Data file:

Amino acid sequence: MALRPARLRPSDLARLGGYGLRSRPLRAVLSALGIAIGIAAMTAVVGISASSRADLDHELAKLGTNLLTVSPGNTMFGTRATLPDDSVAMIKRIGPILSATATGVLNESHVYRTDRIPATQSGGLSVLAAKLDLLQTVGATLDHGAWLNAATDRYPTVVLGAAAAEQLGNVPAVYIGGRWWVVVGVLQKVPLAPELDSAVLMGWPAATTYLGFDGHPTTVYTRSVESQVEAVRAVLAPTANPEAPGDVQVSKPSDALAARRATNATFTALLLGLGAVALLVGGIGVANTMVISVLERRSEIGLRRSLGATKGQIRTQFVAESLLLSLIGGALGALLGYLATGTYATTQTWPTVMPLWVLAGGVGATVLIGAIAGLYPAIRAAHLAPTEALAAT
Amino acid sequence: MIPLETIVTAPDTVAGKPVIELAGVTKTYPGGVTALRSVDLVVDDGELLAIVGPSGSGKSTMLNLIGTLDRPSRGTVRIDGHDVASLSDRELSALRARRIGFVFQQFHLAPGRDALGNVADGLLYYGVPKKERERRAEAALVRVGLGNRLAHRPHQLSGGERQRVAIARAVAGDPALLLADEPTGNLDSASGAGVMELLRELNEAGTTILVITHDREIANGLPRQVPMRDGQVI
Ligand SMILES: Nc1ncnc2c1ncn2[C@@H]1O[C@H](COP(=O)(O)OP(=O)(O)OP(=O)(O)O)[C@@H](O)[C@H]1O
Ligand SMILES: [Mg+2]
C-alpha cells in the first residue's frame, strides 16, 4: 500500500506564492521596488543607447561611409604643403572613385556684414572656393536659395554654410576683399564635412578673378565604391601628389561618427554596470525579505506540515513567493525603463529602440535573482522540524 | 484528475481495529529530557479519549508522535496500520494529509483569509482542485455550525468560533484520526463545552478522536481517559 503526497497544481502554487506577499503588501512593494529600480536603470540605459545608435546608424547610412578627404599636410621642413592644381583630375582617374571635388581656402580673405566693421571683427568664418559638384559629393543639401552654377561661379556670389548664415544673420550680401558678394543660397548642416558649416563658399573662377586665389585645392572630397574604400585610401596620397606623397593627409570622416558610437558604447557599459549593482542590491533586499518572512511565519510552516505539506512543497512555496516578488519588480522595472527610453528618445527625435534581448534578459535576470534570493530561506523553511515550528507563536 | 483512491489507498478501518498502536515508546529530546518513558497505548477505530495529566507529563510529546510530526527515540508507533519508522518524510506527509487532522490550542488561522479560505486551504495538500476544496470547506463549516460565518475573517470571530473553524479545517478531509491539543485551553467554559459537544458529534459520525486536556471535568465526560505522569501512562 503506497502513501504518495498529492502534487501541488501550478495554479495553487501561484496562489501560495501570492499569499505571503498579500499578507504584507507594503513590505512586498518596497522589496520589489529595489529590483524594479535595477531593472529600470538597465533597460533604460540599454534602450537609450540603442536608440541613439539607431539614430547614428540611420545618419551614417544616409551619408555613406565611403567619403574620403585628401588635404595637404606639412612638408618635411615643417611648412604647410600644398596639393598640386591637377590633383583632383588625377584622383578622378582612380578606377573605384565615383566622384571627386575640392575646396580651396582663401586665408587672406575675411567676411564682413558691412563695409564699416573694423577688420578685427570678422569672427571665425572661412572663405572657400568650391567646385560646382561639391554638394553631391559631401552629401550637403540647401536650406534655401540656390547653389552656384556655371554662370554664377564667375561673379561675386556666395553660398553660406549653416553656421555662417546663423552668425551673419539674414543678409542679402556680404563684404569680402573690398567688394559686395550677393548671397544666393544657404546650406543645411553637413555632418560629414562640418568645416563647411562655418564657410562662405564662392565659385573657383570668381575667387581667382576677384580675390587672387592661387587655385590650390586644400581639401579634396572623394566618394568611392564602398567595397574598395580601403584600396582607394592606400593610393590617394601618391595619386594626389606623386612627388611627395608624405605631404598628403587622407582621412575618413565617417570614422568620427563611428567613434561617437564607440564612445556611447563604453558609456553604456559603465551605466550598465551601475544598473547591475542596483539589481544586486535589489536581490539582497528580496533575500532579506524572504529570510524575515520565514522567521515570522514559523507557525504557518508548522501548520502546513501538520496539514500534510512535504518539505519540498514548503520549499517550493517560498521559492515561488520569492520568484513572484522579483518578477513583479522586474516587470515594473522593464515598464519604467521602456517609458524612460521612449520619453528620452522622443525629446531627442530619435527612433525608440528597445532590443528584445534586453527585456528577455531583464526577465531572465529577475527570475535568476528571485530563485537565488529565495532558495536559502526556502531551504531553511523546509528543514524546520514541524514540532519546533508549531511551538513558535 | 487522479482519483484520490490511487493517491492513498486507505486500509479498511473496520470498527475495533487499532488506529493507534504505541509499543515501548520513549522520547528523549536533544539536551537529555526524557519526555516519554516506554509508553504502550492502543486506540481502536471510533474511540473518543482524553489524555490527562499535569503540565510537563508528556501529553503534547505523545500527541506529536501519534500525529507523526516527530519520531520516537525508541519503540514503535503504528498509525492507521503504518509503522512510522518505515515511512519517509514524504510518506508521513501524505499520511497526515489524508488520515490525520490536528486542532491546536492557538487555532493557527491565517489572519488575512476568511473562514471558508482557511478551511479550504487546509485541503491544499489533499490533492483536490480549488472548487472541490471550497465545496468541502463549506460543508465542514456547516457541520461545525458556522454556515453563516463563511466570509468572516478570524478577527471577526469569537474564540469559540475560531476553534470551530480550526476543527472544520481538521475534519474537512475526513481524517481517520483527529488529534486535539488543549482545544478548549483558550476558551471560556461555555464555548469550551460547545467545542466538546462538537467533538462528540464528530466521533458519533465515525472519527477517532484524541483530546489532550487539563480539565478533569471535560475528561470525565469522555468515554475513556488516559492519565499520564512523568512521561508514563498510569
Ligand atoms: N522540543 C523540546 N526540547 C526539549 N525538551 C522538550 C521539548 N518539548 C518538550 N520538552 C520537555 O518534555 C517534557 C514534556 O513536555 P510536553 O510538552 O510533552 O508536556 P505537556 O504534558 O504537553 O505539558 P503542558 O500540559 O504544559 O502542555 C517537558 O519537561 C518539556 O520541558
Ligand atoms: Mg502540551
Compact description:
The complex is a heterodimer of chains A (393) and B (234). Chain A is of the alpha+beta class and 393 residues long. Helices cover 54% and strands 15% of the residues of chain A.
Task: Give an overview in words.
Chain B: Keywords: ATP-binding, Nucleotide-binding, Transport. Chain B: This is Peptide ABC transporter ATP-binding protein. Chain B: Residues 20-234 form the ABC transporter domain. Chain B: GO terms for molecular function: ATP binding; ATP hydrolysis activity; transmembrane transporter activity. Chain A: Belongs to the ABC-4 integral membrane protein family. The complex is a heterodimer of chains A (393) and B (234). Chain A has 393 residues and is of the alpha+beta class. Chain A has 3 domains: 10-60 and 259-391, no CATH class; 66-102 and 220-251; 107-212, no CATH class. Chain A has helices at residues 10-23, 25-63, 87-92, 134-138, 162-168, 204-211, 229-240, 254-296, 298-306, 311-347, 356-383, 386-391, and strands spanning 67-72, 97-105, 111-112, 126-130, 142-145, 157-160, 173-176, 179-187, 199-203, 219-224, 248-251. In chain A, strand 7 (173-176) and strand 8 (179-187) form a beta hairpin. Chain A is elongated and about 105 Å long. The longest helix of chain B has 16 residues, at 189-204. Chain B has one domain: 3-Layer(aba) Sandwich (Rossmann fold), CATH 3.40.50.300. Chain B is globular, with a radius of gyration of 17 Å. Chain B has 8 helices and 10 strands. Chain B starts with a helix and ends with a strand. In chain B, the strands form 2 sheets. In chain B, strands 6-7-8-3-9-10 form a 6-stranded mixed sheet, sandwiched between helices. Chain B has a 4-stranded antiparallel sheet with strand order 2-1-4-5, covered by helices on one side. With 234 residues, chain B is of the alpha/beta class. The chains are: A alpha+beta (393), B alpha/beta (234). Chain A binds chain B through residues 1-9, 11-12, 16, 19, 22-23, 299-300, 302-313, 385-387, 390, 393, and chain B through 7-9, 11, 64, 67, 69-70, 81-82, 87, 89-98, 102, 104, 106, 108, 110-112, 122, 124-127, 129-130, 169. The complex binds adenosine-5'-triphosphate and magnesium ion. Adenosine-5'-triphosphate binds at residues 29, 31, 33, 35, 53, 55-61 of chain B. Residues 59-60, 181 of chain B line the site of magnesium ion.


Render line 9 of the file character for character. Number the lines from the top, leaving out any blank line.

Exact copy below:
The complex is a heterodimer of chains A (393) and B (234). Chain A is of the alpha+beta class and 393 residues long. Helices cover 54% and strands 15% of the residues of chain A.